Asimov, Isaac. I, Asimov: A Memoir. New York: Doubleday, 1994. Spans his entire life in more introspective and anecdotal form.
Asimov, Isaac. Asimov’s Galaxy. Garden City, N.Y.: Doubleday, 1989. Compilation of sixty-six essays presents readers with Asimov’s unique perspective on a genre to which he made many important contributions. Topics addressed include religion and science fiction, women and science fiction, time travel, science-fiction editors, and magazine covers. Particularly interesting are the items in the final section, “Science Fiction and I,” in which Asimov writes frankly about his life and work.
Asimov, Isaac. In Memory Yet Green: The Autobiography of Isaac Asimov, 1920-1954. New York: Doubleday, 1979. Asimov’s autobiographies are the three best sources about the life and times of this author. Covers Asimov’s life through 1954.
Asimov, Isaac. In Joy Still Felt: The Autobiography of Isaac Asimov, 1954-1978. Garden City, N.Y.: Doubleday, 1980. Continues from 1954 to 1974 and provides vignettes of the publishing world and other science-fiction authors.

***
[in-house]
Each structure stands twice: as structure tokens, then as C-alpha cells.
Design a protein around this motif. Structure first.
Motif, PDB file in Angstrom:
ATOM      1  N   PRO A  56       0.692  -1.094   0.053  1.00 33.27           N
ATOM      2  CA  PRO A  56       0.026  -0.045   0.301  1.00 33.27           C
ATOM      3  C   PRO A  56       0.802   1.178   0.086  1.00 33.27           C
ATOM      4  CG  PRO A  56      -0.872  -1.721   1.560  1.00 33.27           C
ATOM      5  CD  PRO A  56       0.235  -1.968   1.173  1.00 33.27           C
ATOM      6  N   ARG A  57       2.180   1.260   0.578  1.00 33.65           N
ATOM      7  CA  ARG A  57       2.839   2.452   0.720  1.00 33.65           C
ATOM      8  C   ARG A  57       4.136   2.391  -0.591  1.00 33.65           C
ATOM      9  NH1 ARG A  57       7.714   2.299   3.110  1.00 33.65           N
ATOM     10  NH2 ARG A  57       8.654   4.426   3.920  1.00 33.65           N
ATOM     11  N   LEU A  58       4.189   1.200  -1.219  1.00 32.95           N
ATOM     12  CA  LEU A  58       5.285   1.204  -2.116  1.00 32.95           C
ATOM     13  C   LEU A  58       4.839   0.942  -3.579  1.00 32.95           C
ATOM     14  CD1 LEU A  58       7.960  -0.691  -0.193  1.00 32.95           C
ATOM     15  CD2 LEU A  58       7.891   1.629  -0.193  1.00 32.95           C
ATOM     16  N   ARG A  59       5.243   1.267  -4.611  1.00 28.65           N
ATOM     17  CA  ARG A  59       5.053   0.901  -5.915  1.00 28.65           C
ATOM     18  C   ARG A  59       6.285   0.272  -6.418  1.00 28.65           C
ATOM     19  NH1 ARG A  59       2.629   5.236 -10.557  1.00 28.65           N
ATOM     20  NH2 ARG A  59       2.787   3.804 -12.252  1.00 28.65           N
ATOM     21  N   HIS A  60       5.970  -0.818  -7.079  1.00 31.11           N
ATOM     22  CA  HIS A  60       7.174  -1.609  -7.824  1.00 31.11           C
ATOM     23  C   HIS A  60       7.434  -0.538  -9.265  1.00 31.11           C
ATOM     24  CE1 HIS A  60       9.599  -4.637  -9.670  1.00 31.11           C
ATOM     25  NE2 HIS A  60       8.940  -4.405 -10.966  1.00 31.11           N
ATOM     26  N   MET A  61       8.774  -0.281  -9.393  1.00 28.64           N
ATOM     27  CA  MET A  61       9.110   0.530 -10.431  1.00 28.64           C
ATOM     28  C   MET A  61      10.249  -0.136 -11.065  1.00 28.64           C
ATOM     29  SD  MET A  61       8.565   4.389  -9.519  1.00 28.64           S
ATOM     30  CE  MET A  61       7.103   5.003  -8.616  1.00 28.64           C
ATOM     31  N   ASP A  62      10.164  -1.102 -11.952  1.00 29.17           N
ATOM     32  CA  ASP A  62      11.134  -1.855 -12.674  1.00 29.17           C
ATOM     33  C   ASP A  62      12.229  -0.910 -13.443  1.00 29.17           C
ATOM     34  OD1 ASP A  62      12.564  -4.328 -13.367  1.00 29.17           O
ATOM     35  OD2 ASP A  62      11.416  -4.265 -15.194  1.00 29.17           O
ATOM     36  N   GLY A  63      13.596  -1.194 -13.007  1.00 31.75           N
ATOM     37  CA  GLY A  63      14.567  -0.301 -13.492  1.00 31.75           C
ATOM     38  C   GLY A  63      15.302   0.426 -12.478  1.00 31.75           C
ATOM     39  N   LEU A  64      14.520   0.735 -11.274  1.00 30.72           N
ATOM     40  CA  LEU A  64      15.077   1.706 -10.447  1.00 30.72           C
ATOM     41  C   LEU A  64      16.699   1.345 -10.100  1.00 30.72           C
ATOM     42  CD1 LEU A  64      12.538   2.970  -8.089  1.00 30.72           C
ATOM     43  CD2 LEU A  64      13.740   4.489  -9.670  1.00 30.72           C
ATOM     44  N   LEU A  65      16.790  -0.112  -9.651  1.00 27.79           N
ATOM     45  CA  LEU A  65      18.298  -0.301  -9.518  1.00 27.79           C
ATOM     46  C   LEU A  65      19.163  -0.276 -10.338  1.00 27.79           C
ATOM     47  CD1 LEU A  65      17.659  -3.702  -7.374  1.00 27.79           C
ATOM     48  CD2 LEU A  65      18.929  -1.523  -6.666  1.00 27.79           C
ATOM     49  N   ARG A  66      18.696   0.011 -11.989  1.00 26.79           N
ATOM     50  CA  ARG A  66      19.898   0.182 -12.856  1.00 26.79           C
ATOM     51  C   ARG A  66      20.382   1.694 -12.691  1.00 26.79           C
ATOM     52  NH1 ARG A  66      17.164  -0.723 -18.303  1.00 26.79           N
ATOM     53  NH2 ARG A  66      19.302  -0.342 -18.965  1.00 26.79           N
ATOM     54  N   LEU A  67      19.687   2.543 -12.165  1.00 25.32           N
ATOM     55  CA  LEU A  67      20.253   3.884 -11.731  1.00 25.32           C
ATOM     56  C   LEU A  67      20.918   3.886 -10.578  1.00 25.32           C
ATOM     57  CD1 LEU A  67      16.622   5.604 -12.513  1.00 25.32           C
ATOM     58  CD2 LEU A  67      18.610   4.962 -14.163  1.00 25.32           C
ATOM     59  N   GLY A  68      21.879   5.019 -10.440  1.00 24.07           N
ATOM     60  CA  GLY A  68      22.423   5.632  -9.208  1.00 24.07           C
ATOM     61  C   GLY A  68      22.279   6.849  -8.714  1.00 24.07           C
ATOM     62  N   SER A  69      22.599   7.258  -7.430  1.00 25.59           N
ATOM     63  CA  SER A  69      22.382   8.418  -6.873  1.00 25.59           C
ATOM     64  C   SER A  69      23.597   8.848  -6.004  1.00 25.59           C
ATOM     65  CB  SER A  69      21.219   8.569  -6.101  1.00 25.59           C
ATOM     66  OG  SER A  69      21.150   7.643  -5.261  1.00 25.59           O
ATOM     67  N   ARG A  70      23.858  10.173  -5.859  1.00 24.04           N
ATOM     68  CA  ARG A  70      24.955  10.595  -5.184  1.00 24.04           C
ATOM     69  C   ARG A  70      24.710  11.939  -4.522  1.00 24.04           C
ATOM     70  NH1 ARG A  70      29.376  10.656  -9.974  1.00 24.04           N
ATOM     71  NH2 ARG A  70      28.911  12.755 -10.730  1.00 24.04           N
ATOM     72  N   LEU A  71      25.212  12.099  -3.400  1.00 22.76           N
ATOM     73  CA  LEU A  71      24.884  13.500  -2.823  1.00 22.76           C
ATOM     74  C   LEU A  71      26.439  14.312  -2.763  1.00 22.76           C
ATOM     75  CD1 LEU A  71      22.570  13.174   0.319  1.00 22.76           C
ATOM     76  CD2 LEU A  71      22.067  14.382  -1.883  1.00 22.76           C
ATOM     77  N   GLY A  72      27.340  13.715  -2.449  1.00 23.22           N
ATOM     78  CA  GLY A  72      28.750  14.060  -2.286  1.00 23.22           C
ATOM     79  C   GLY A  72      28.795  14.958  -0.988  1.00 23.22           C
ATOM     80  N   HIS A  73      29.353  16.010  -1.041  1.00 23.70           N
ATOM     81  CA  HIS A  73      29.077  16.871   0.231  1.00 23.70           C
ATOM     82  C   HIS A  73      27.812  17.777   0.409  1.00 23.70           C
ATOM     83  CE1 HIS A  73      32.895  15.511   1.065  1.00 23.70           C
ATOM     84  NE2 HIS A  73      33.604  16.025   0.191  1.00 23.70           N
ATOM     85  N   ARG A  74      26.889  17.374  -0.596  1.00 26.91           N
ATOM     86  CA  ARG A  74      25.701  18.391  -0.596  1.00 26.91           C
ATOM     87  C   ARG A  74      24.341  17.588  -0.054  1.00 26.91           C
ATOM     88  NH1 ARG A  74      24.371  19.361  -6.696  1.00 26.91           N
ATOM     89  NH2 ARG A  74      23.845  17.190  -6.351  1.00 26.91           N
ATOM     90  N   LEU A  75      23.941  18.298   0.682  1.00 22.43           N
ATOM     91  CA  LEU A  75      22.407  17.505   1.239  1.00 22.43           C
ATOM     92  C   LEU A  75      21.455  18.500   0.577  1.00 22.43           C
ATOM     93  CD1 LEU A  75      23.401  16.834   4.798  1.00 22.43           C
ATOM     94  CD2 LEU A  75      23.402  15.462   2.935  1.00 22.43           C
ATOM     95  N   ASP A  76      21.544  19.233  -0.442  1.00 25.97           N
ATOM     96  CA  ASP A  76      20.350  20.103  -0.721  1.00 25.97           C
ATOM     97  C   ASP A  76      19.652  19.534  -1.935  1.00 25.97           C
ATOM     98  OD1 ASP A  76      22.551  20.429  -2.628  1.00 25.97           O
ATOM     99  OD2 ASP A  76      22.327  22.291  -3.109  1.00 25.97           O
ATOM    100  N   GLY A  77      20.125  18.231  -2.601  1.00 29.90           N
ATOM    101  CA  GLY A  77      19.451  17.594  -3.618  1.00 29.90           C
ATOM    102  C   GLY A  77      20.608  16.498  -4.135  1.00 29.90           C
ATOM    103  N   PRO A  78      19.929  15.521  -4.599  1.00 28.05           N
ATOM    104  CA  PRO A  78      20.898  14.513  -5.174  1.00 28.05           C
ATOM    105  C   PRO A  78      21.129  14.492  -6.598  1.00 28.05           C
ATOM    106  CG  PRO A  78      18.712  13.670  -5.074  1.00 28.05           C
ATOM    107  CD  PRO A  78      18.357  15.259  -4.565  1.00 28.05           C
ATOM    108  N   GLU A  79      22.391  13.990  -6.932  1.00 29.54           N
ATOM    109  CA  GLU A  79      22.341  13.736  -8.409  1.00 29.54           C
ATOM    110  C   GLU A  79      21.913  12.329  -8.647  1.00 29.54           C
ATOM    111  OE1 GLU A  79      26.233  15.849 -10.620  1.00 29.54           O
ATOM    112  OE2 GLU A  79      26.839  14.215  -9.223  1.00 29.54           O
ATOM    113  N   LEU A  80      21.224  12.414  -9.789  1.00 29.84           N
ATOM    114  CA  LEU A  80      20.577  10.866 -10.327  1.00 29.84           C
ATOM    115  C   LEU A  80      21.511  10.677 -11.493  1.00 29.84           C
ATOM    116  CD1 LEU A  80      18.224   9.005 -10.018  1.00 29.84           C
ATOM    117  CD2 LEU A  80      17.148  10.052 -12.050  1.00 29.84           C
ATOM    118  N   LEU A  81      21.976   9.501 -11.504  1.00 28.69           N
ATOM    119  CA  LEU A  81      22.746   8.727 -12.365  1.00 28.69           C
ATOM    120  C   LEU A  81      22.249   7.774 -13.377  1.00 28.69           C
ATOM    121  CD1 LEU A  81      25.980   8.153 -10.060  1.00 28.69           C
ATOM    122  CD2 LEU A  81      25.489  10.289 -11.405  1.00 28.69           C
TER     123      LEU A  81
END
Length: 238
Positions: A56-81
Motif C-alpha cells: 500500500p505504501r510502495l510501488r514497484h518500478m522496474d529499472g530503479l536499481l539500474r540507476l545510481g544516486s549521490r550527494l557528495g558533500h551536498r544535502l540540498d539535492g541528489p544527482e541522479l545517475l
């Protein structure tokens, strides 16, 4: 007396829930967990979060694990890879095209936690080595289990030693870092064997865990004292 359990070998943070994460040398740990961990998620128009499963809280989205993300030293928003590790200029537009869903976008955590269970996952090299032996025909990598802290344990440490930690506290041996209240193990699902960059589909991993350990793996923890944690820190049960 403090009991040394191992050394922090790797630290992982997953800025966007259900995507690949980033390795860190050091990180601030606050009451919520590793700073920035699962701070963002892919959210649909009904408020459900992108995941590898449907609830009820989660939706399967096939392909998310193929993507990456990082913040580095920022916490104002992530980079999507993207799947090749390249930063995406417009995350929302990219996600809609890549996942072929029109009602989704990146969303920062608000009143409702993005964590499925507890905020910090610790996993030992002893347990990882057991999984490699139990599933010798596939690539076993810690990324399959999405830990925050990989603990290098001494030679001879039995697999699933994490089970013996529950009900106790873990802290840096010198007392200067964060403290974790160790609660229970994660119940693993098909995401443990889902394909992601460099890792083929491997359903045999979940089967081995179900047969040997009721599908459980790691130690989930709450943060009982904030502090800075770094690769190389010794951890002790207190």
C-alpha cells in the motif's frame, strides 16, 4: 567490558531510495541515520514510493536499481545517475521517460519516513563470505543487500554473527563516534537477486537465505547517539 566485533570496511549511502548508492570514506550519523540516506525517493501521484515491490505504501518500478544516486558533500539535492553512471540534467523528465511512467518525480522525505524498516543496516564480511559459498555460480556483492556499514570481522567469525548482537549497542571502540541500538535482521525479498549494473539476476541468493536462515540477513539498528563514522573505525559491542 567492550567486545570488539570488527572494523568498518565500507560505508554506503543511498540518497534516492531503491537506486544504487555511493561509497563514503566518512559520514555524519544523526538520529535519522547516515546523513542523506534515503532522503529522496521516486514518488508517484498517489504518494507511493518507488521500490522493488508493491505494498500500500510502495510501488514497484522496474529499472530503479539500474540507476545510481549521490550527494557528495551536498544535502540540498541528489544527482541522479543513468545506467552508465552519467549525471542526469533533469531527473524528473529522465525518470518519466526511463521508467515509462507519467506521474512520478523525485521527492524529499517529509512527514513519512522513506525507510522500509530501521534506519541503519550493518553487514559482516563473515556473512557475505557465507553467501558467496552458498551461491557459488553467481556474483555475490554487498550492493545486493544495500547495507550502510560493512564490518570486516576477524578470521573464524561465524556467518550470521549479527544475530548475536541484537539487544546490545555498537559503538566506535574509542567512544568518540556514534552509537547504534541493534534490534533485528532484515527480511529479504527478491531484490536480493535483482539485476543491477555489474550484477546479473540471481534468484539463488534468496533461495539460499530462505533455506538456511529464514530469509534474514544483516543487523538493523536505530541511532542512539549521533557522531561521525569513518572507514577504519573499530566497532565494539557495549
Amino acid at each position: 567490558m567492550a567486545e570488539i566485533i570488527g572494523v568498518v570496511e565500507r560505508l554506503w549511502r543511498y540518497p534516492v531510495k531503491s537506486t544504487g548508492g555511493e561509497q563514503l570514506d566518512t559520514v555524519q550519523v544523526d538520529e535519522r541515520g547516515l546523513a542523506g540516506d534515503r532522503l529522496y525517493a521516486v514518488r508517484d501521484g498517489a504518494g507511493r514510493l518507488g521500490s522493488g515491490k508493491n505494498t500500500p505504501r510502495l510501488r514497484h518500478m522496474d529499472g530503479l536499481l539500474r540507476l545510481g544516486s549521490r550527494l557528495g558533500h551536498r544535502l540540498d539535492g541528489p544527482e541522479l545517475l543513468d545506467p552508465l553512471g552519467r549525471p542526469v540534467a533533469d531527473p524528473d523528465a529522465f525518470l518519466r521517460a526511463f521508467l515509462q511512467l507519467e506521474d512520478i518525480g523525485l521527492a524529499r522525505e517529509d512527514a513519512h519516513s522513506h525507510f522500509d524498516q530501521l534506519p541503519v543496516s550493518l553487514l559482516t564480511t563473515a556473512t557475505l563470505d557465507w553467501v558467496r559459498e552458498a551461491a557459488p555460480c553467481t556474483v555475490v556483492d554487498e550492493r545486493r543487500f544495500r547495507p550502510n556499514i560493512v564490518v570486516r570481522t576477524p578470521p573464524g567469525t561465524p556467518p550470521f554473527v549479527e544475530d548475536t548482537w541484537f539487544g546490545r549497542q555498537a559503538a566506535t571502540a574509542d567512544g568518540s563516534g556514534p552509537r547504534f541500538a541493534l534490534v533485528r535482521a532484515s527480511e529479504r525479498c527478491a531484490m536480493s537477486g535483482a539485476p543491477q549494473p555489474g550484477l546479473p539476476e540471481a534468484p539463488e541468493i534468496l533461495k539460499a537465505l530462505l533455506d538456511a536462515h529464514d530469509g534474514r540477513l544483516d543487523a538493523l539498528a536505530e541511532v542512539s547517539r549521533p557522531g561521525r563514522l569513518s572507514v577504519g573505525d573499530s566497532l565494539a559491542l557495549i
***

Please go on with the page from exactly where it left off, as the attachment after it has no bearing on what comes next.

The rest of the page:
“A Celebration of Isaac Asimov: A Man for the Universe.” Skeptical Inquirer 17 (Fall, 1992): 30-47. Praises Asimov as a master science educator, perhaps the best of all time, given that he was responsible for teaching science to millions of people. Includes tributes from Arthur C. Clarke, Frederik Pohl, Harlan Ellison, L. Sprague de Camp, Carl Sagan, Stephen Jay Gould, Martin Gardner, Paul Kurtz, Donald Goldsmith, James Randi, and E. C. Krupp.
Chambers, Bette. “Isaac Asimov: A One-Man Renaissance.” Humanist 53 (March/April, 1993): 6-8. Discusses Asimov’s stature as a humanist and his presidency of the American Humanist Association. Also addresses Asimov’s support for the Committee for the Scientific Investigation of Claims of the Paranormal and his thoughts on censorship and creationism, pseudoscience, and scientific orthodoxy.
Fiedler, Jean, and Jim Mele. Isaac Asimov. New York: Frederick Ungar,...